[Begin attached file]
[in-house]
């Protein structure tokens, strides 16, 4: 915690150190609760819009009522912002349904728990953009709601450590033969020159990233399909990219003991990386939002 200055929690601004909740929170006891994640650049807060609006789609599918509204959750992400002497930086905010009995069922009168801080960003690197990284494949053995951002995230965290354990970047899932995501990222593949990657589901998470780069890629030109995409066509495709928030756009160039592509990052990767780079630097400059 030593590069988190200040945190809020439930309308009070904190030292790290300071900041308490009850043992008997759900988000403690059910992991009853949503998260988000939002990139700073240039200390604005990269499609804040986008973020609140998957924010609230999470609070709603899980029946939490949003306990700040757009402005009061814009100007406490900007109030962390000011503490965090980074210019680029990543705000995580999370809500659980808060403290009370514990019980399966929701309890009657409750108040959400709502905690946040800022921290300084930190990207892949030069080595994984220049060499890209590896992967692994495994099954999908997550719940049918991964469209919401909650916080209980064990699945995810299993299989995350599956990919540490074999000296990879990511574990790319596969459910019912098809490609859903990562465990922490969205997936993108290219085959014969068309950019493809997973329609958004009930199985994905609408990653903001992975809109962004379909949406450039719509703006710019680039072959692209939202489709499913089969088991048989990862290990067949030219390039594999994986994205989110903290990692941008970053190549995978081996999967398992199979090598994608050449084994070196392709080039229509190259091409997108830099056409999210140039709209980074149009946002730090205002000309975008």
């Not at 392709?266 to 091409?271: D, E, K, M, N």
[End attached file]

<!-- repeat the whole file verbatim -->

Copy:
[in-house]
């Protein structure tokens, strides 16, 4: 915690150190609760819009009522912002349904728990953009709601450590033969020159990233399909990219003991990386939002 200055929690601004909740929170006891994640650049807060609006789609599918509204959750992400002497930086905010009995069922009168801080960003690197990284494949053995951002995230965290354990970047899932995501990222593949990657589901998470780069890629030109995409066509495709928030756009160039592509990052990767780079630097400059 030593590069988190200040945190809020439930309308009070904190030292790290300071900041308490009850043992008997759900988000403690059910992991009853949503998260988000939002990139700073240039200390604005990269499609804040986008973020609140998957924010609230999470609070709603899980029946939490949003306990700040757009402005009061814009100007406490900007109030962390000011503490965090980074210019680029990543705000995580999370809500659980808060403290009370514990019980399966929701309890009657409750108040959400709502905690946040800022921290300084930190990207892949030069080595994984220049060499890209590896992967692994495994099954999908997550719940049918991964469209919401909650916080209980064990699945995810299993299989995350599956990919540490074999000296990879990511574990790319596969459910019912098809490609859903990562465990922490969205997936993108290219085959014969068309950019493809997973329609958004009930199985994905609408990653903001992975809109962004379909949406450039719509703006710019680039072959692209939202489709499913089969088991048989990862290990067949030219390039594999994986994205989110903290990692941008970053190549995978081996999967398992199979090598994608050449084994070196392709080039229509190259091409997108830099056409999210140039709209980074149009946002730090205002000309975008």
């Not at 392709?266 to 091409?271: D, E, K, M, N």